Malaysia’s Public Sector Data Center (PDSA) services will be upgraded to specific Cloud Computing services for use by all Government agencies. The Government is looking to integrate its services into what will be known as the government hybrid cloud or the MyGovCloud which combines services from MyGovCloud@PDSA and the Public Cloud and has chosen four Cloud Service Providers (CSPs) to make this happen.
The MyGovCloud Initiative is in line with the Fifth Initiative under Malaysia’s Digital Economy Blueprint (MyDigital) which targets 80% storage usage of Cloud Computing across the public sector this year. It aims to drive the digital transformation of the public sector holistically which can stimulate the growth of the digital economy and agenda digitization throughout the country.
The CSP selection was done following an evaluation of the proposals sent by both domestic and foreign cloud service providers. As a result of this assessment, the Government agreed to appoint a panel of four companies as CSPs to provide the best and most secure cloud services for the government portals.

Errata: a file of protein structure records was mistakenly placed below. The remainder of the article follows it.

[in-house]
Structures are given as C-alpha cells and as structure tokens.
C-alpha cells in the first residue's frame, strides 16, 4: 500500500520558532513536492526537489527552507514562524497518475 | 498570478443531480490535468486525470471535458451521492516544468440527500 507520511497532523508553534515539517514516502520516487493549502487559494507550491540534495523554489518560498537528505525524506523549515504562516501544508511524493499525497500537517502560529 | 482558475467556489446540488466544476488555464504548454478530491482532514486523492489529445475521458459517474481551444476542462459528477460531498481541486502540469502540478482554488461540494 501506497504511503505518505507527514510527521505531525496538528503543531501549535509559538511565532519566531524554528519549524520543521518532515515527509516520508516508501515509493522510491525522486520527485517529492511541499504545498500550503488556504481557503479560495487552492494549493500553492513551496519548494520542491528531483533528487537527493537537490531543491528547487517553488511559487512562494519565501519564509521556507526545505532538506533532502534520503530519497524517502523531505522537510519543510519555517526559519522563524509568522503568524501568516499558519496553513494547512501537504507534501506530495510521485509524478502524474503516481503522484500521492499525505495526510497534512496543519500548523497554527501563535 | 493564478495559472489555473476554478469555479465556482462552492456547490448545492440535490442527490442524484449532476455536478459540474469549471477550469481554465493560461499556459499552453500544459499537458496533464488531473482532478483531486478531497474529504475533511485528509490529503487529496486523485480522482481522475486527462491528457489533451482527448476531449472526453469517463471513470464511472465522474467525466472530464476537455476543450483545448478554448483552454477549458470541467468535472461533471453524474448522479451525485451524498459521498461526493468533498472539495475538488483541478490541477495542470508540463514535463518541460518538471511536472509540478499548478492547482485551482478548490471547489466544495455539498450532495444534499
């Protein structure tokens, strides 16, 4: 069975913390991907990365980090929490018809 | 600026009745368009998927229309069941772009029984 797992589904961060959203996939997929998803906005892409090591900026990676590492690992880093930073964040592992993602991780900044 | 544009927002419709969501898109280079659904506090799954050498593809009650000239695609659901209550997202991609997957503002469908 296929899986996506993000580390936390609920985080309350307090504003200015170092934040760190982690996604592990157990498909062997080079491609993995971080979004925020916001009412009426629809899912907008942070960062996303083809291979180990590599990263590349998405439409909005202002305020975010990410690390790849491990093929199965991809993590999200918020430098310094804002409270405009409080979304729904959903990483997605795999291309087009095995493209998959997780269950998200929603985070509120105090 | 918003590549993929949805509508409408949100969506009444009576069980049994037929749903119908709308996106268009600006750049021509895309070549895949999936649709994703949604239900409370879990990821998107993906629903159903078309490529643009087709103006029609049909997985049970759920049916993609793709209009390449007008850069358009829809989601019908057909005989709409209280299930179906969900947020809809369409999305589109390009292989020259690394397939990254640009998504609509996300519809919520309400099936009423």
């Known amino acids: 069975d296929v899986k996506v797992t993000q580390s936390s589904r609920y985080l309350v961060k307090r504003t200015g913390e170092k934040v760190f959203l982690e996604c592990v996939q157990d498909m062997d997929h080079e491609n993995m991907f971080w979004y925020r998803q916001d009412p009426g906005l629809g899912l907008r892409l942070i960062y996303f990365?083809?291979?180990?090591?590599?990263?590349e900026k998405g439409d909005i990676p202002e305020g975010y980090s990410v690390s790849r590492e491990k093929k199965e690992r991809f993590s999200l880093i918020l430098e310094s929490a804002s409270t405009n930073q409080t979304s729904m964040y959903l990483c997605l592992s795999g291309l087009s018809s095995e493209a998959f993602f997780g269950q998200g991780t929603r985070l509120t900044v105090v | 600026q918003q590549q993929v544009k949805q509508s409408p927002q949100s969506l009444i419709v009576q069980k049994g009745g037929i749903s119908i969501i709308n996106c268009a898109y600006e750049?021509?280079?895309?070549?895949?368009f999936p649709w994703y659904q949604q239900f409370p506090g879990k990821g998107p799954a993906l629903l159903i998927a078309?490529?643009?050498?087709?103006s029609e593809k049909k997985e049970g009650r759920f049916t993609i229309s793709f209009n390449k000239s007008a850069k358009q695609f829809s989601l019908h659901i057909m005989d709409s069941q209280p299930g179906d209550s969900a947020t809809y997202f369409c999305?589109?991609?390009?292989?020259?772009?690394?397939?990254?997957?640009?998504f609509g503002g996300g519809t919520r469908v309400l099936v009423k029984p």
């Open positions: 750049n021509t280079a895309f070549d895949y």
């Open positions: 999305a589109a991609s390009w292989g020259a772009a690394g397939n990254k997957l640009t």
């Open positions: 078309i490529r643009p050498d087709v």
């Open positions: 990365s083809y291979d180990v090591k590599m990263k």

To empower MyGovCloud, Centralized Contract Agreement Cloud Computing also known as a Cloud Framework Agreement (CFA) was signed between the Government, the CSPs and locally appointed CSPs known as Managed Service Providers (MSPs). The CFA contract with the Government, CSP and MSP involves four CSP companies and four MSP companies.
The involvement of the CSPs and MSPs is expected to open investment potential in the country worth between RM12 billion and RM15 billion by 2025. This investment will serve as the ‘backbone’ of the formation of a sustainable digital ecosystem to achieve sustainable economic growth, thus will make Malaysia the main digital hub in the ASEAN region.
The MyGovCloud initiative is believed to produce more experts in cloud computing through ongoing training and program certification provided by CSP and MSP. This is also possible to improve the competence and ability of civil servants in tandem with current needs and technology.